Timberlake: What it means to be a cynic

Ian Timberlake

I am a cynic.

If you were to do a quick search on Wikipedia, you would find that I fit its definition, both classic and contemporary, to a tee. I can’t escape it.

I was not once troubled by it; it was easy to embrace — though I’m not sure if it’s because of a confirmation bias or an ironic result of being a cynic.

The classical ethics of a cynic according to the academic Internet Encyclopedia of Philosophy are as follows: “Cynic conception of ethics is that virtue is a life lived in accord with nature. Nature offers the clearest indication of how to live the good life, which is characterized by reason, self-sufficiency and freedom. Social conventions, however, can hinder the good life by compromising freedom and setting up a code of conduct that is opposed to nature and reason.”

The primary social conventions that were rejected by cynics were money, power and fame. Three things that even today are considered strong definitions of masculinity and success in general.

Social conventions of money, power and fame, are very closely tied to the idea of selfishness. Which leads to the more modern idea that cynics believe society is, in general, selfish, controlling and unethical.

I’m very quick to ridicule people in positions of power, who often have money and are quite self-serving, as in do whatever it takes to stay in that position of power and authority. These include but are not limited to politicians, big businesses, not-for-profit organizations, union leaders, disruptors of freedom, and those who lack a desire for knowledge and don’t respect intelligence.

The prevalence of the above is what gets me labeled, and self-labeled, as a cynic. It’s not that I believe all those in positions of authority are self-serving; it’s that a majority of society is inherently self-serving in an attempt to achieve a false perception of what it takes to be successful — money, power and fame.

The more modern understanding of a cynic is quite negative and taken to be a synonym for pessimism. Here’s why:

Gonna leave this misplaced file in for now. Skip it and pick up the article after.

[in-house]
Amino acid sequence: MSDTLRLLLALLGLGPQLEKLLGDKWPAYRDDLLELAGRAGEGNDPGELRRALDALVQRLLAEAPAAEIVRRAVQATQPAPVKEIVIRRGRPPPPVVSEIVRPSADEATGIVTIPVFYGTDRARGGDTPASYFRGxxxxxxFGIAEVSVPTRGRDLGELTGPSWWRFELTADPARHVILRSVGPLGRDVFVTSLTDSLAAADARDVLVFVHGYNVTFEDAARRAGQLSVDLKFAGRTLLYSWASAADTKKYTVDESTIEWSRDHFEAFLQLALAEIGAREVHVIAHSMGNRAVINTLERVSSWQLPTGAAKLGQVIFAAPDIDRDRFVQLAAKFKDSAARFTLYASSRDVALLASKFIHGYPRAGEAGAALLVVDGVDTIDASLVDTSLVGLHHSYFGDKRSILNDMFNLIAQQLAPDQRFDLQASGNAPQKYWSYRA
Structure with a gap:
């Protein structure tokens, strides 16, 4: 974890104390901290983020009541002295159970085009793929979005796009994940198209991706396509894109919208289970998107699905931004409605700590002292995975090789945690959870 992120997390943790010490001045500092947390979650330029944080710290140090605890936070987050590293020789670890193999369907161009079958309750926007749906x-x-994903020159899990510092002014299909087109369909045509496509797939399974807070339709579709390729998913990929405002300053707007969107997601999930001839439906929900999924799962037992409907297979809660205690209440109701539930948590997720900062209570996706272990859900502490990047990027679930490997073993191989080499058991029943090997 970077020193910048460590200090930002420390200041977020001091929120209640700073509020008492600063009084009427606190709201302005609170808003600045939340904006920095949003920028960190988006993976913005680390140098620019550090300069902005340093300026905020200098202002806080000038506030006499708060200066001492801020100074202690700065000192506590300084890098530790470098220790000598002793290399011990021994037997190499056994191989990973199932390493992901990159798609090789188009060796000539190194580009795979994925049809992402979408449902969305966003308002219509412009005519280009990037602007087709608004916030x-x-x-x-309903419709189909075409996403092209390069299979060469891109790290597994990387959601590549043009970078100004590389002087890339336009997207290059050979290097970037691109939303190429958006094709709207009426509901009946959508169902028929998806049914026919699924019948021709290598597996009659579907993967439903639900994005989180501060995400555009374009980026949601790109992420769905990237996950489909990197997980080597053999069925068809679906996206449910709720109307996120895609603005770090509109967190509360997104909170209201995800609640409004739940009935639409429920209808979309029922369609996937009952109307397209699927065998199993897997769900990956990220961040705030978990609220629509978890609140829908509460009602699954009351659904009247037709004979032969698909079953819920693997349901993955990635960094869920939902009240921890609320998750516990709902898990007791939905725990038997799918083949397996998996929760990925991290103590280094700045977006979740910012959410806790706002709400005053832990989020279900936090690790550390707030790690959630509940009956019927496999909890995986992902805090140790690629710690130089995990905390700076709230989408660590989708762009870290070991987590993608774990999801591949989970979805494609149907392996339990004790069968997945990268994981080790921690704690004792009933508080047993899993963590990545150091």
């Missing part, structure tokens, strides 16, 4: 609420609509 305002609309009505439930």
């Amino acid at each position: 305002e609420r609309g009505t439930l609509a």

I take people’s motifs to be in conflict with what they say and what they actually do — “people” meaning people as a whole or a society. I think people claim (and very well believe) they are following a proper code of ethics but in reality are highly self-serving when opportunity arises.

Not necessarily to our discredit, though, the loins of humanity are rooted in self-preservation — Just as the loins of any organism are.

Self-preservation is important, paramount even, but there’s a difference between being self-preserving and undercutting. Surely the human species is at a point in its existence where it doesn’t need to bring others down in an effort to survive. I’m not going to hurt other’s well-being for my own gain. I’m going to do work on my end to raise myself up.

Cynics have a very high expectation of others, and I won’t let you into my life unless you deserve it. If that upsets you, I don’t know why it should. I expect people in society to at least be as good as I am. Why? Because I don’t find it particularly hard to be helpful to people, to get by without undercutting, without needing power, have a desire to be intelligent and driven towards wisdom, and to doubt those in positions of authority, be it business, politics or religion.

If you have read my columns, regularly or not, for the last year and half and agreed with a lot them, chances are you have a level of cynicism. All of my writings have a cynical undertone — point out hypocrisy, ignorance and unethical, unintelligible social “values” that shouldn’t be valued at all.

The other side of a cynic is someone who understands that humans aren’t as great as we lead ourselves to believe. Not that we haven’t done great things and continue to do great things, but that in the grand scheme of the universe, we are just a speck on a “mote of dust” floating around one ball of fire, in a vast and “empty” galaxy populated with 300 billion other balls of fire, amid a universe with an approximate half trillion galaxies and all we seem to care about is name-brand clothing, intervening deities, and going to war over ideologies, land and resources.

An overwhelming majority of people think cynicism correlates with finding no value in everything or with pessimism, when in fact a cynic is somebody who takes an active stand in pointing out areas of society that provide a false perception of what it means to be good and right, and to break what we believe to be deluding and ruining society.

Or as the late comedian George Carlin (a cynic himself) would put it: “Scratch any cynic and you will find a disappointed idealist.”